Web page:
Emotions and Intelligence in Dogs
Dogs have the ability to learn, think, and solve problems. According to scientists, breeds such as the Border Collie or Golden Retriever are considered the most intelligent. However, the ability to learn and obey orders aren’t the only parameters that measure intelligence in dogs.
Don’t forget that dogs are capable of learning how to behave around other members of the pack. Adult dogs, for example, correct their young when they do something that isn’t appropriate within their canine world, such as eating out of turn or biting aggressively. In the same way, they also reward them for acceptable behavior either by playing with them, feeding them, or cleaning them.
Intelligence in dogs
Intelligence has a variety of dimensions. In human beings, we could subdivide intelligence into verbal ability, numerical ability, logical reasoning, memory, and so on.
The intelligence of dogs also has several aspects, among which we can recognize three large dimensions. The first is called instinctual intelligence and is related to abilities that determine what it was raised for. For example, if the animal has been bred to herd animals. Their degree of intelligence is measured by their ability to herd animals and how they manage them.
The second dimension of intelligence is called adaptive intelligence. Basically, it refers to the abilities that the dog has to learn things by itself. This type of intelligence can differ between dogs of the same breed. For example, Golden Retriever dogs have the same instinctive intelligence.
However, while most are quite intelligent, perhaps there’ll always be one that seems totally disoriented and makes the same mistakes over and over again. The difference between the different Golden Retrievers is a difference in the degree of adaptive intelligence, which can be measured by using the appropriate tests.
Finally, the third type of intelligence in dogs is related to their ability at work and the animal’s sense of obedience. It’s based on how the dog can come to follow the commands issued by humans.
On the other hand, dog clubs, when they hold a contest, also usually measure that type of intelligence. Through a series of controlled tests, the specialists observe the performance of the dogs for long sections and then evaluate it and issue an opinion.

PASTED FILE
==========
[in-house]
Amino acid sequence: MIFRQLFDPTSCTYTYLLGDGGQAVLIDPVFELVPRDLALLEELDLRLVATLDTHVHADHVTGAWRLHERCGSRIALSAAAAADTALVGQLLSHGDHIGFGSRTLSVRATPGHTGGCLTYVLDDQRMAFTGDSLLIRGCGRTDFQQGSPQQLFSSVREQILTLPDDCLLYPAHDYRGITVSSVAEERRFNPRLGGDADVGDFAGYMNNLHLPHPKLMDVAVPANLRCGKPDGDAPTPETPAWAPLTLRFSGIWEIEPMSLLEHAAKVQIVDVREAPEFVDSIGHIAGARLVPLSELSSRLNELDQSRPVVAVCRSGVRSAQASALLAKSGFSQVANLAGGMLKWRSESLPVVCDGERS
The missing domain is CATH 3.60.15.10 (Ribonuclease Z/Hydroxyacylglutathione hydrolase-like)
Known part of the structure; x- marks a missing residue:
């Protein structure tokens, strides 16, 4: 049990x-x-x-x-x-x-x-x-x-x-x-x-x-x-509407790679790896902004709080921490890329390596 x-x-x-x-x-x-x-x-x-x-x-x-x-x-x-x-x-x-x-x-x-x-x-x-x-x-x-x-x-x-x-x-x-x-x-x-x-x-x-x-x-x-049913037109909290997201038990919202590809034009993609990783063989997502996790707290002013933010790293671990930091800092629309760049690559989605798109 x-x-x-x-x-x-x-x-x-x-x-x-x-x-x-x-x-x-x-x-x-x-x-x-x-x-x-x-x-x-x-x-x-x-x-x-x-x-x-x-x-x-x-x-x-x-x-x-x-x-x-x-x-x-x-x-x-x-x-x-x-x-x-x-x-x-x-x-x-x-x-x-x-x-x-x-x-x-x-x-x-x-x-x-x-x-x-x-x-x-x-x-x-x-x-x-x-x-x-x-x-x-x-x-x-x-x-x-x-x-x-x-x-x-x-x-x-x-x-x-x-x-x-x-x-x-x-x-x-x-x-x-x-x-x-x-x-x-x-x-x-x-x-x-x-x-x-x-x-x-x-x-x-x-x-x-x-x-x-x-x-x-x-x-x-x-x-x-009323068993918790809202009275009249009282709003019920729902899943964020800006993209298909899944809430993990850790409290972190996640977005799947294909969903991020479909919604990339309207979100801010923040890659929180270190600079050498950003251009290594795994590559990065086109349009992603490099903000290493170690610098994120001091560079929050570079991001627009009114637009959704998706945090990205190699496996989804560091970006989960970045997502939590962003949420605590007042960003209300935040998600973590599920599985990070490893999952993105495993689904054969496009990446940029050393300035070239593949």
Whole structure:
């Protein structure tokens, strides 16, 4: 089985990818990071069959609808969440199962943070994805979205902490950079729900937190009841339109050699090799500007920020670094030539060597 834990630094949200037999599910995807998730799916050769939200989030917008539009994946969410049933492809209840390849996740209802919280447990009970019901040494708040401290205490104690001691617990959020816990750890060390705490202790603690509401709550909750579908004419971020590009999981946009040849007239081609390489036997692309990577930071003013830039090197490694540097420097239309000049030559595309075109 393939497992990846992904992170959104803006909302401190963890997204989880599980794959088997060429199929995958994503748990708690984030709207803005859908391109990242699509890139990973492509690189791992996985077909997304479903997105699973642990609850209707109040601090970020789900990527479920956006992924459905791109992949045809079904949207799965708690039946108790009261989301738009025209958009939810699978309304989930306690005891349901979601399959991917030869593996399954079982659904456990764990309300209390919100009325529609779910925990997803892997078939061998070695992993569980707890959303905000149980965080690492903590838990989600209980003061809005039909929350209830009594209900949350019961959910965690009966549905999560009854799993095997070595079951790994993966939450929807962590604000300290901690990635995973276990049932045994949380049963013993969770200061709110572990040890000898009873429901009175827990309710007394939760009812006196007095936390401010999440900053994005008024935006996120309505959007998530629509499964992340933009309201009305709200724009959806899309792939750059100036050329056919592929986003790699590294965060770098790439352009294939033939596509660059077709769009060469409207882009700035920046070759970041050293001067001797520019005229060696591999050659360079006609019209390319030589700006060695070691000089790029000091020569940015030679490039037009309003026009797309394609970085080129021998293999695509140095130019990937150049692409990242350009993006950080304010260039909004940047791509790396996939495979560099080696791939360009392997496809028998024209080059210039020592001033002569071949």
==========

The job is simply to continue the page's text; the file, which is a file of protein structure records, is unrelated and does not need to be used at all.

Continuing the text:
In that sense, it isn’t uncommon for a judge to spend 12 to 20 hours observing and evaluating a dog. In addition, most of the judges are also dog trainers. Therefore, they have ample experience in the behavior of animals.
Can dogs understand us?
Science has shown that some animal species can outperform dogs in certain areas of intelligence. Wolves are better at problem-solving, and certain primates, and even dolphins and elephants, have human-like self-awareness.
This self-awareness is rare in the animal world, and dogs don’t have much of it. But dogs can do something complex that no other animal can do: they can see, hear and read people.
In fact, dogs are the only animals that really study people’s faces. They evaluate the faces of their owners. They do it with intensity. Tests have shown that dogs are far superior to other animals in understanding people’s faces.
This early communication skill is the cornerstone of all forms of culture, including language. The fact that dogs exhibit this ability is a sign of intelligence and sensitivity. And, quite often, they even manage to outperform other animals – for example, chimpanzees.
Without a doubt, the chimpanzee is amazing; in sign language it has a large vocabulary. However, it can’t understand the gaze of a human being as a dog can. And if you don’t believe it, think of your own dog. What does it do when it looks at its leash or one of its toys? They get so excited! And what do they do when they hear you speak? If you say “let’s go for a walk” they’re sure to go bonkers!It might interest you...
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- Casey, R. A., Naj-Oleari, M., Campbell, S., Mendl, M., & Blackwell, E. J. (2021). Dogs are more pessimistic if their owners use two or more aversive training methods. Scientific Reports, 11(1), 1-8.
- Berns, G. (2017). What It’s Like to be a Dog: And Other Adventures in Animal Neuroscience. Basic Books.
- Cook, P., Prichard, A., Spivak, M., & Berns, G. S. (2018). Jealousy in dogs? Evidence from brain imaging. Animal Sentience, 3(22), 1.
- Correia-Caeiro, C., Guo, K., & Mills, D. S. (2020). Perception of dynamic facial expressions of emotion between dogs and humans. Animal cognition, 23(3), 465-476.